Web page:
Fri, Mar 22, 2002 - Page 3 News List

Liu case controversy: Disclosure of intelligence may hurt diplomatic ties

By Monique Chu  /  STAFF REPORTER

Taiwan's diplomatic relations and information-gathering efforts in China and overseas might be damaged by the disclosure of classified data as part of media reports that the National Security Bureau (NSB) set up secret slush funds, officials said yesterday.

"The disclosure may endanger the safety of our intelligence agents," said Chang Jung-feng (張榮豐), Deputy Secretary General of the National Security Council, during the intermission of a legislative committee meeting yesterday.

"Our crisis-management plan focuses on the protection of our international cooperation network, as well as ensuring the safety of our intelligence agents," Chang added.

The National Security Council on Wednesday decided to establish a crisis-management task force in the wake of the media's disclosure of leaked NSB classified documents regarding the use of NSB slush funds.

The reports said that two NSB funds, which totalled NT$3.5 billion, was authorized by former president Lee Teng-hui (李登輝) to finance Taiwan's espionage activities across the Strait and to serve as Taiwan's funding mechanism in its diplomatic rivalry with Beijing.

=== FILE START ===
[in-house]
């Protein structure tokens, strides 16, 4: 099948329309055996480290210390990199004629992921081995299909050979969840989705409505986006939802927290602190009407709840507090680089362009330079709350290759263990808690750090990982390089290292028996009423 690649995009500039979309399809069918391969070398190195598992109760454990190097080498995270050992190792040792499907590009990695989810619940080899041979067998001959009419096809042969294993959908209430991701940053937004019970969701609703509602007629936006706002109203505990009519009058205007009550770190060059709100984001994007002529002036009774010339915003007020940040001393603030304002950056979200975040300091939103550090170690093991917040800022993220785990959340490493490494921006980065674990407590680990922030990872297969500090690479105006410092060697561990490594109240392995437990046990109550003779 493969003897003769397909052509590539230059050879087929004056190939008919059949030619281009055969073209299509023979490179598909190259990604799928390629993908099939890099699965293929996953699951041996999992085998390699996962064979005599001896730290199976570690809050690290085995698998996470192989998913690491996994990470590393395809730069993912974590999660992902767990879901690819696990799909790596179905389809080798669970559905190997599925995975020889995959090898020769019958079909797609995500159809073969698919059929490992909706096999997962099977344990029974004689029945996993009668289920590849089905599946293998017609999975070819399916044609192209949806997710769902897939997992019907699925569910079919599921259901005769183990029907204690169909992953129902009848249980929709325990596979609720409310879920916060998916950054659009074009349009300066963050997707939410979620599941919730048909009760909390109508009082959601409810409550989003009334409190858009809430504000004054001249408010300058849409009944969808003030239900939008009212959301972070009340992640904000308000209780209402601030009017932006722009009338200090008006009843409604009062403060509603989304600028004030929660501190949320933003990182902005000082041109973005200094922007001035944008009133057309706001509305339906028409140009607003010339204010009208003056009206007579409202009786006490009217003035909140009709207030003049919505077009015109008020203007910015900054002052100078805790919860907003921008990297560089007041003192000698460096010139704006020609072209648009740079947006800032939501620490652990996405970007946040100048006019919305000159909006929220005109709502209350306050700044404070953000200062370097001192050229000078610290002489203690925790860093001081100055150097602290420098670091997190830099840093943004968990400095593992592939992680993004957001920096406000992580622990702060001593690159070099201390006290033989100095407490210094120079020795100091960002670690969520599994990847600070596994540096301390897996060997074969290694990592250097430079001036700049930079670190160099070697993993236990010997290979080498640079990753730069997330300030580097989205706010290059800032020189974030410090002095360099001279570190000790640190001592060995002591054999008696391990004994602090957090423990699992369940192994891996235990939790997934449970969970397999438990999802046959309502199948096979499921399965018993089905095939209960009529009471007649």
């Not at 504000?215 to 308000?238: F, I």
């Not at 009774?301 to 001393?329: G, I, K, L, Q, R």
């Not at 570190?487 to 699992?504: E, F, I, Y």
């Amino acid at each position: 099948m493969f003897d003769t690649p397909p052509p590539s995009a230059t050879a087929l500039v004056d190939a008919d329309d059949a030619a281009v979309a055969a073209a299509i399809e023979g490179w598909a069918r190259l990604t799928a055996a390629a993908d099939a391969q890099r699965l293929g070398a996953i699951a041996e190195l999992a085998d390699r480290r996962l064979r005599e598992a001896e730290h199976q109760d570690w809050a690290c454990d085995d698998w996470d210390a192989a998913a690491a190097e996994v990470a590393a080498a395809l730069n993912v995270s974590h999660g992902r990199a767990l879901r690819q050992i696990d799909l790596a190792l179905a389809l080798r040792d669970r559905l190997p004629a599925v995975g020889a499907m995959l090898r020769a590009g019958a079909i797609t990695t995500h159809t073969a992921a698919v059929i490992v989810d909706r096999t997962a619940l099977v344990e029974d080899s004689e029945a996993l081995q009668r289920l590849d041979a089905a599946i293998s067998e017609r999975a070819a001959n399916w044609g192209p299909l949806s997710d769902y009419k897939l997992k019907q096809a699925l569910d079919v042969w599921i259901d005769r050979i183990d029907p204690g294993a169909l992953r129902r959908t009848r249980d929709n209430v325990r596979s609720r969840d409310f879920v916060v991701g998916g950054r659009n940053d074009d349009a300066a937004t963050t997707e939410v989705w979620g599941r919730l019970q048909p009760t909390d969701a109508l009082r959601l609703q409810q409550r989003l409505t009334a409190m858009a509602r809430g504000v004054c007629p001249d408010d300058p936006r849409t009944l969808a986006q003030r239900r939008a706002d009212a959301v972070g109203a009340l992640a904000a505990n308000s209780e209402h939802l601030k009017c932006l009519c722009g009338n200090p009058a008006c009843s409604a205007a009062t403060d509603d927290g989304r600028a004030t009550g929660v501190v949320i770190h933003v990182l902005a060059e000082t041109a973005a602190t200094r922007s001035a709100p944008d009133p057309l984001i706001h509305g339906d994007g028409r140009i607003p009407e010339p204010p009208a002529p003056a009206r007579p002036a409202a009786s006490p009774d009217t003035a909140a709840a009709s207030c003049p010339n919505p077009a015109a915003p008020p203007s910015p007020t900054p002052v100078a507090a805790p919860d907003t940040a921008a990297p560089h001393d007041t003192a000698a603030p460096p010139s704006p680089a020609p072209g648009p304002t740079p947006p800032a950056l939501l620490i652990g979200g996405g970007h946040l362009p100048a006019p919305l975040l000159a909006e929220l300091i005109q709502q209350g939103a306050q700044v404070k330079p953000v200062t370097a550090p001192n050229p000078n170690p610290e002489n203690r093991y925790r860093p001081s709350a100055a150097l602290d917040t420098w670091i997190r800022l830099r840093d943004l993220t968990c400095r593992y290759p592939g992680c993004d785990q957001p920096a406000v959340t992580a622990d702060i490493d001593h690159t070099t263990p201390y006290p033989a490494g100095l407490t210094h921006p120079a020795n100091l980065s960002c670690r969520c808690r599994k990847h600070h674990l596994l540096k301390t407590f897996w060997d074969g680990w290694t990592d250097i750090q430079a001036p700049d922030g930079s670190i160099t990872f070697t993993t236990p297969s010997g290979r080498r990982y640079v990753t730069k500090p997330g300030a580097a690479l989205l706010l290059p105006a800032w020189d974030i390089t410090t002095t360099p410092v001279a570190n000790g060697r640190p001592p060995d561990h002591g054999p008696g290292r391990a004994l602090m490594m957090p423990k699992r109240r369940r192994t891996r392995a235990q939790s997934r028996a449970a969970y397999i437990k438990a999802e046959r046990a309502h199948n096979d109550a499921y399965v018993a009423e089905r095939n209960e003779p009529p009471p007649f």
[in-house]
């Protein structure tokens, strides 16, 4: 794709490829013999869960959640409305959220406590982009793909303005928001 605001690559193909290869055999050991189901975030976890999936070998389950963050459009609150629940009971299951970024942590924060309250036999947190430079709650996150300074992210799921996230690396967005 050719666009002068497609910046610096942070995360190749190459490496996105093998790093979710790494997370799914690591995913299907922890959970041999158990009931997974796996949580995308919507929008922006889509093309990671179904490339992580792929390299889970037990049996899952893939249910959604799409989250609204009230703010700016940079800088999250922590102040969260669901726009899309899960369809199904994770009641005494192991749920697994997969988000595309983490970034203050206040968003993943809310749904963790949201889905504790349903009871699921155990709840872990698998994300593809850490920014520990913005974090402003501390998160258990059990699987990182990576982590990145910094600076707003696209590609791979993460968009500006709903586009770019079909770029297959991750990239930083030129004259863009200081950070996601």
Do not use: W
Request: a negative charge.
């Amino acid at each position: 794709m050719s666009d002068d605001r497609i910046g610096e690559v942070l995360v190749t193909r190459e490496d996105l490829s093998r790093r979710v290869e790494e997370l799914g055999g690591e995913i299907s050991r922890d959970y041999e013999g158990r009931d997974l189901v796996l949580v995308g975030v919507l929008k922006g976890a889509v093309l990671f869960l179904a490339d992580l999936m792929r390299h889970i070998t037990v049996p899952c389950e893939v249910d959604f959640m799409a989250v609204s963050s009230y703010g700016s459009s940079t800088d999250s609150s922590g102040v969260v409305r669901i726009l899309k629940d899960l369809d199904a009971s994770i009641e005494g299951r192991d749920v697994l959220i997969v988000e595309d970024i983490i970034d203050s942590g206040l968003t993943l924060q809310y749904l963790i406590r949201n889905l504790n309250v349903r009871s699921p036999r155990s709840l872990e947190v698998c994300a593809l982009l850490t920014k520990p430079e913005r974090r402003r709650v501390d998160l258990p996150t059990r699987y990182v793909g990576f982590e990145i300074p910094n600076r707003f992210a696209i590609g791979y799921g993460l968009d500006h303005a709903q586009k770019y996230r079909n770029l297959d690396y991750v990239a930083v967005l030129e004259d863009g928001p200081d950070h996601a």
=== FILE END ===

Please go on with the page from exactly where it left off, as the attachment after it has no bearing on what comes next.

Related reports in Next magazine went so far as to detail the total cost of each covert-funding operation, as well as the names of trading companies in whose accounts the funds for each operation was held.

Taiwan's former ambassador to South Africa Loh I-cheng (陸以正) also admitted on Wednesday that Lee agreed in 1994 to donate US$10 million to South Africa's heavily indebted African National Congress (ANC), in a futile effort to sustain Taipei-Pretoria ties.

Loh also said he had no idea why the leaked NSB document, as reported by the China Times on Wednesday, said the donated amount was NT$11 million.

The Vice Minister of Foreign Affairs Michael Kao (高英茂) said the information that was leaked on Taipei's donation to the ANC could have a "negative impact" on Taiwan's external relations.

"What should have been kept confidential was disclosed. This is indicative of our inability to keep things secret, and how would others dare to deal with us after this?" Kao said during the intermission of a legislative committee meeting.

"Other countries might worry that, perhaps, their cases could be disclosed here as well," the scholar-turned-vice-foreign-minister added.

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